Under the aegis of Empire North—a fictional hi-tech company with a flair for Danish design and dedicated to developing new tools for logical solutions to the problems of the 21st century, specifically created for the weapons fair—Boeskov rented a booth among international arms dealers, companies peddling voice recognition software and robots mounted with cameras and hydraulic bomb-detonating arms, and prototypes of armored Honda police vehicles on display. With an actual prototype of the weapon still two years away from fabrication, posters of the ID Sniper detailed its technical specifications and features: 61-centimeter barrel, 8-round magazine capacity, 10.42 kilograms in weight, memory-card holder, silencer, scope and digital camera, clip with GPS-chip caliber, and adjustable ergonomic stock that can be easily lengthened or shortened to fit shooters of different sizes.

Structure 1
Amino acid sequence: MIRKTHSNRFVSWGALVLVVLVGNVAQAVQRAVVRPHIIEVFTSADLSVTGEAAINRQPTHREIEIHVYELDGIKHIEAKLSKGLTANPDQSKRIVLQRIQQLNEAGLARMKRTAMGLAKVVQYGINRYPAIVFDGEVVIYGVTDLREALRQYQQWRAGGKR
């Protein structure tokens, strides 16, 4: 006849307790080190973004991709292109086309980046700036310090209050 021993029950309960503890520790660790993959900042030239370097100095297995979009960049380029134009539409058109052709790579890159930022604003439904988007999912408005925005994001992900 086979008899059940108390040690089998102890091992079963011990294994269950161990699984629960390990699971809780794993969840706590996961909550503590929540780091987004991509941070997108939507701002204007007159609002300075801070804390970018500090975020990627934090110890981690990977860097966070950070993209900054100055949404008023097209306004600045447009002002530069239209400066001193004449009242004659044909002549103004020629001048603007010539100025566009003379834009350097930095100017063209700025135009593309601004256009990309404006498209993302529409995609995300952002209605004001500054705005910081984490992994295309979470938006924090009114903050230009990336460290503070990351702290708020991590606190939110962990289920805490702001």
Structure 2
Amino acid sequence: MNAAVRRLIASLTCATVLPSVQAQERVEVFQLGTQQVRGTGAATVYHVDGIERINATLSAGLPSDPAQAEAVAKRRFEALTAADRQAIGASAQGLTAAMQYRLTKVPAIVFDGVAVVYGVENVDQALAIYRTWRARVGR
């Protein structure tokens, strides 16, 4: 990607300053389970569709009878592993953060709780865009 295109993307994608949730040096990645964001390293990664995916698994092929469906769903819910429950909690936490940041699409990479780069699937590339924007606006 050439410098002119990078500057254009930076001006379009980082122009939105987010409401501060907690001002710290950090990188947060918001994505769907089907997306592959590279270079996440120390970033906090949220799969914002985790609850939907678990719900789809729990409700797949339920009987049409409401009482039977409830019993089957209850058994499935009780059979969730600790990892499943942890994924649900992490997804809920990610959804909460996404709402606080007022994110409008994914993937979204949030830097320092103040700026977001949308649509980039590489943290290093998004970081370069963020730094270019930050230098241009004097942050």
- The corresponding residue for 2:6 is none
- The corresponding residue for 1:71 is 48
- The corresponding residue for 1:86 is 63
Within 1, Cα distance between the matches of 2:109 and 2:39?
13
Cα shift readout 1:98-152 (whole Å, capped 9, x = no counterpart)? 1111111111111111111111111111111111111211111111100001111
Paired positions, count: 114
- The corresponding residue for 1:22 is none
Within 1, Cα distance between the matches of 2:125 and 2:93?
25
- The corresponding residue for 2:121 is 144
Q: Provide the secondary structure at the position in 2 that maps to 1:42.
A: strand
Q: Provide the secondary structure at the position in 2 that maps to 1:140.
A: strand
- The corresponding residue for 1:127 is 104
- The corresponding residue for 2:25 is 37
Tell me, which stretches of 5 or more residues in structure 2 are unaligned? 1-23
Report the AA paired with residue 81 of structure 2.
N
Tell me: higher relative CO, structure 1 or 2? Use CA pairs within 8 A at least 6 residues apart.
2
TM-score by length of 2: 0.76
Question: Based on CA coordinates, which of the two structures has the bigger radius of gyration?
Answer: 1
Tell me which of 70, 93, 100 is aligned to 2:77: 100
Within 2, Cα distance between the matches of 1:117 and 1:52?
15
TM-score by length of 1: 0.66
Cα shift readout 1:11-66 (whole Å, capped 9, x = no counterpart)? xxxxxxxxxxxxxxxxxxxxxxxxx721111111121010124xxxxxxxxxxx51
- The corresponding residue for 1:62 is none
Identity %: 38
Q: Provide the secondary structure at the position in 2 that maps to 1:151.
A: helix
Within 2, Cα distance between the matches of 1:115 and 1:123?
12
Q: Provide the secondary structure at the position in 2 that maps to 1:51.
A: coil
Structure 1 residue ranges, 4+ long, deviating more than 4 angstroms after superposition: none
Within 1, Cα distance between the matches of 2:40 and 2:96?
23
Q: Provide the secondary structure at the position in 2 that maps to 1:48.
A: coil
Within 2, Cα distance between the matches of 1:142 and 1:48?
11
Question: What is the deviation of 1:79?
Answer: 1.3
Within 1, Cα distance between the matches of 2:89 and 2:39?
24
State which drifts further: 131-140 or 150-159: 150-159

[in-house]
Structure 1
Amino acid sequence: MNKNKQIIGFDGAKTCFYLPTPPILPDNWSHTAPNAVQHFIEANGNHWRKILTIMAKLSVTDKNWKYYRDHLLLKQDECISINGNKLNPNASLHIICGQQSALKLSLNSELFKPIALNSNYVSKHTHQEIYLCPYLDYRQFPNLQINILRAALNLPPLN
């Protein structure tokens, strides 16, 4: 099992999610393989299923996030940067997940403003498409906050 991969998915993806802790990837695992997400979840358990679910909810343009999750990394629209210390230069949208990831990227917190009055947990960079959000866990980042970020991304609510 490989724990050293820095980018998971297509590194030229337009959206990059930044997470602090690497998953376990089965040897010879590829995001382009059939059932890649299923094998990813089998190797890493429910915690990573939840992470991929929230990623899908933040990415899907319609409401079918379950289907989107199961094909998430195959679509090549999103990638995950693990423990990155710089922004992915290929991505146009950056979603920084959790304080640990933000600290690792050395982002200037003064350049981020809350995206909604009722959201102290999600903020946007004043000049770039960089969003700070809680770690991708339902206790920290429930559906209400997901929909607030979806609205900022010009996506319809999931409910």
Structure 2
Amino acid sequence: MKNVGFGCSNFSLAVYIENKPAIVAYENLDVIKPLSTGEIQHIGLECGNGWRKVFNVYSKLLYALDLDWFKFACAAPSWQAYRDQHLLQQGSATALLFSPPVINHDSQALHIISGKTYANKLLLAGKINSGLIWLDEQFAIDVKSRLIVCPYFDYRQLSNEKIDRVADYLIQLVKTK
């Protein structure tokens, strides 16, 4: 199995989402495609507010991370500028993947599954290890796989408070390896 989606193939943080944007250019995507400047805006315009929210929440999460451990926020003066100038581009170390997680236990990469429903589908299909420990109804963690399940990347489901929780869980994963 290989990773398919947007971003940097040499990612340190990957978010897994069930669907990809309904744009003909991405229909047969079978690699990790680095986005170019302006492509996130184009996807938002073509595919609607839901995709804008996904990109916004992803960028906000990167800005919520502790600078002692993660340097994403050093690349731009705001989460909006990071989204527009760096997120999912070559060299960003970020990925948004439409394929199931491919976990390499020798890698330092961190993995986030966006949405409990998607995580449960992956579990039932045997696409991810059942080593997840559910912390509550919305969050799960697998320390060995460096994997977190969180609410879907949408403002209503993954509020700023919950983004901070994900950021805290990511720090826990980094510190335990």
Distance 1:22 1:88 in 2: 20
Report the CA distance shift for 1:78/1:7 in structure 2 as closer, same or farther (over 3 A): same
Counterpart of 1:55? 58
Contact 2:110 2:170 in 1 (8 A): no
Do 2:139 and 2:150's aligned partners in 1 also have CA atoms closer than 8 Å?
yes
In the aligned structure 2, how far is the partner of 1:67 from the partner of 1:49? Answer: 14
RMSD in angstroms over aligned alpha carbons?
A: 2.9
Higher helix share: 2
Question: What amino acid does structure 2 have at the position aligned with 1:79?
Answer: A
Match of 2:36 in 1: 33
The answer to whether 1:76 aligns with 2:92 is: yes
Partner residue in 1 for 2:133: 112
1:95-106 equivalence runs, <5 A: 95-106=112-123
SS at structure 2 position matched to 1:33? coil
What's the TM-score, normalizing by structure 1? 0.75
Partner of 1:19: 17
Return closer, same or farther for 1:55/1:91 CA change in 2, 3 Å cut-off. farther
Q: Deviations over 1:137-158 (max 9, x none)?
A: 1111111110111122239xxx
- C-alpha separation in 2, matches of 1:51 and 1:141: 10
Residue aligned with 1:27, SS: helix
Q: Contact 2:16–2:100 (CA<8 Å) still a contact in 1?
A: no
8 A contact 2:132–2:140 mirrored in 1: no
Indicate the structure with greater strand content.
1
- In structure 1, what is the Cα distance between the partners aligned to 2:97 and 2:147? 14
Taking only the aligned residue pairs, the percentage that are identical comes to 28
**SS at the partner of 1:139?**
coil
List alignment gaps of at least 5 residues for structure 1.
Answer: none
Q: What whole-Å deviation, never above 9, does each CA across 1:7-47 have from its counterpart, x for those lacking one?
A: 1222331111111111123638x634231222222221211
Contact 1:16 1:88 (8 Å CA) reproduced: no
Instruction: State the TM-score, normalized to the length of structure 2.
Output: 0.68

Of course, the ID Sniper was created by a conceptual artist, and the weapon is merely a fictional technology that does not and will never exist, at least not with Boeskov at the helm. The weapon is the inaugural chapter of the artist’s Precrime triptych, a series of fictional weapons presented in real-life situations rather than within the confines of an art gallery. In a world where investors can trade in catastrophic events, our reality is already a fiction of speculative futures. There exists no difference in the world of hyperreality between real life and fiction, or a speculative crime and a crime that has actually been committed. Boeskov’s triptych, then, is both a performance and an intervention that hacks into the Precrime-obsessed surveillance milieu.